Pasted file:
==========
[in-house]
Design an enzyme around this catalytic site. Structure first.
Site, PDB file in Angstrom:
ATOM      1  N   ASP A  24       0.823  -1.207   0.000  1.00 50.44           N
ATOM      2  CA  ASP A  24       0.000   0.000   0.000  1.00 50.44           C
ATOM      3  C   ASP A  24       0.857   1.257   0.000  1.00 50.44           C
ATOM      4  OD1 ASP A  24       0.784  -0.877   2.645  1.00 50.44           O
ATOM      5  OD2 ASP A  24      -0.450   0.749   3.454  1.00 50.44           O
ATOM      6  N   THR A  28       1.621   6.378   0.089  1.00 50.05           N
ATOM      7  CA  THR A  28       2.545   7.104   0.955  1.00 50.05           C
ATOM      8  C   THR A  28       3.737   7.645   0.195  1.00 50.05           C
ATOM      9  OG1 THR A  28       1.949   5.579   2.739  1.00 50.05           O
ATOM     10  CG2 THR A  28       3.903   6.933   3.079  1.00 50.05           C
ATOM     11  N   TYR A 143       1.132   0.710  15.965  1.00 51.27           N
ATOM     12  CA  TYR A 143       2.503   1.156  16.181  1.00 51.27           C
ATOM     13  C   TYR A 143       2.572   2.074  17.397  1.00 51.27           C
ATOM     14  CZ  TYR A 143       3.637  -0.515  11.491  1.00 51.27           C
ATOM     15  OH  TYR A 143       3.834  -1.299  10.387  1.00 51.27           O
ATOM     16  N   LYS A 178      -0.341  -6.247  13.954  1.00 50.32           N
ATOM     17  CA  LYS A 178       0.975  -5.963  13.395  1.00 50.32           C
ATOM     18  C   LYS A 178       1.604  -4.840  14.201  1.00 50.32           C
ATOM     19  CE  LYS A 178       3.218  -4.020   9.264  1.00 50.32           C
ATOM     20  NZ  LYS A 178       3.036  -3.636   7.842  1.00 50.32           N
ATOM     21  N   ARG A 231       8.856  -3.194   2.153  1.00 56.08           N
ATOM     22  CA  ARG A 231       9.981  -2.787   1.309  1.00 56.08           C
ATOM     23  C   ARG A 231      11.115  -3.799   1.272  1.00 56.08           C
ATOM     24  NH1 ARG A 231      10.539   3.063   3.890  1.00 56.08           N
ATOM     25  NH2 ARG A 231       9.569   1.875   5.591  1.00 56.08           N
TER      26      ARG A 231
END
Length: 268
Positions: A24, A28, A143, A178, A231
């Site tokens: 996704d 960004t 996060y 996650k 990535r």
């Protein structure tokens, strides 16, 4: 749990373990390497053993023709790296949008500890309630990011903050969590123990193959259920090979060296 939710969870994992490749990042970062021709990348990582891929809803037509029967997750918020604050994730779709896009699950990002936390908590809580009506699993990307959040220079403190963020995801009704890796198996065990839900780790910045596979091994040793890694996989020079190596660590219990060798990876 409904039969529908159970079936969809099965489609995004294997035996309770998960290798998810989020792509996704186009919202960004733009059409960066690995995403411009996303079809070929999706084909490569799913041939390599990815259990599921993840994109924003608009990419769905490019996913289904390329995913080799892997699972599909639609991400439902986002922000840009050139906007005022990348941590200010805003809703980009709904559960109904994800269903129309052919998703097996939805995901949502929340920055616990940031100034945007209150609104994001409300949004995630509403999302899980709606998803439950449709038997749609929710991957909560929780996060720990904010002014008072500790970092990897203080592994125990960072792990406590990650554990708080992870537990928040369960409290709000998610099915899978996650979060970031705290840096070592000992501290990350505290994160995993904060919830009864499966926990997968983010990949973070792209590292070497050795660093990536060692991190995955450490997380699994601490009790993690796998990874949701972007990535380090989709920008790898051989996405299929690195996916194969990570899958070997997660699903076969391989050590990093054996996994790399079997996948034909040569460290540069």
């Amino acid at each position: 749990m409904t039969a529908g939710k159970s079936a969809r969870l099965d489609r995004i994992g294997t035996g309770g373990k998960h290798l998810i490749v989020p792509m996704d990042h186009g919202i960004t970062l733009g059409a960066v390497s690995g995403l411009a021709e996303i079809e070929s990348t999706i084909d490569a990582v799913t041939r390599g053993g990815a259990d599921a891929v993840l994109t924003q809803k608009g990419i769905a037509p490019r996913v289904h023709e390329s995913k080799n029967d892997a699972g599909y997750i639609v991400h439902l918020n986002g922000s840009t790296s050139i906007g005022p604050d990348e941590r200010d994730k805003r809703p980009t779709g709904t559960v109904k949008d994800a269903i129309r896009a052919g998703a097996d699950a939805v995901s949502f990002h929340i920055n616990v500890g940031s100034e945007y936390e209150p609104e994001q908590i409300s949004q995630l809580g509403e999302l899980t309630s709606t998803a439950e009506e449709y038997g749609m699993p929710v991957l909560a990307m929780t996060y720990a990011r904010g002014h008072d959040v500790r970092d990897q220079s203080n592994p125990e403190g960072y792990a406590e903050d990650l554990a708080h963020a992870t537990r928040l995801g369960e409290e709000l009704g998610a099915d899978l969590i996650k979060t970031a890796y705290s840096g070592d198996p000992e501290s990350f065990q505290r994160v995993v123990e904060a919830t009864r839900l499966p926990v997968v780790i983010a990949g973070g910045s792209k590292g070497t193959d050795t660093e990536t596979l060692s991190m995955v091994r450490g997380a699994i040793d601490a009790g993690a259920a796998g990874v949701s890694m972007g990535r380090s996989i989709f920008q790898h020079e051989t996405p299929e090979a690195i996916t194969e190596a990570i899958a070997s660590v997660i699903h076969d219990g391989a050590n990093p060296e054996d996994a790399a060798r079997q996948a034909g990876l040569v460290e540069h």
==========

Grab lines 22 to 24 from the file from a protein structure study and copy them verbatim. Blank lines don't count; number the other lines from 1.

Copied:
ATOM     19  CE  LYS A 178       3.218  -4.020   9.264  1.00 50.32           C
ATOM     20  NZ  LYS A 178       3.036  -3.636   7.842  1.00 50.32           N
ATOM     21  N   ARG A 231       8.856  -3.194   2.153  1.00 56.08           N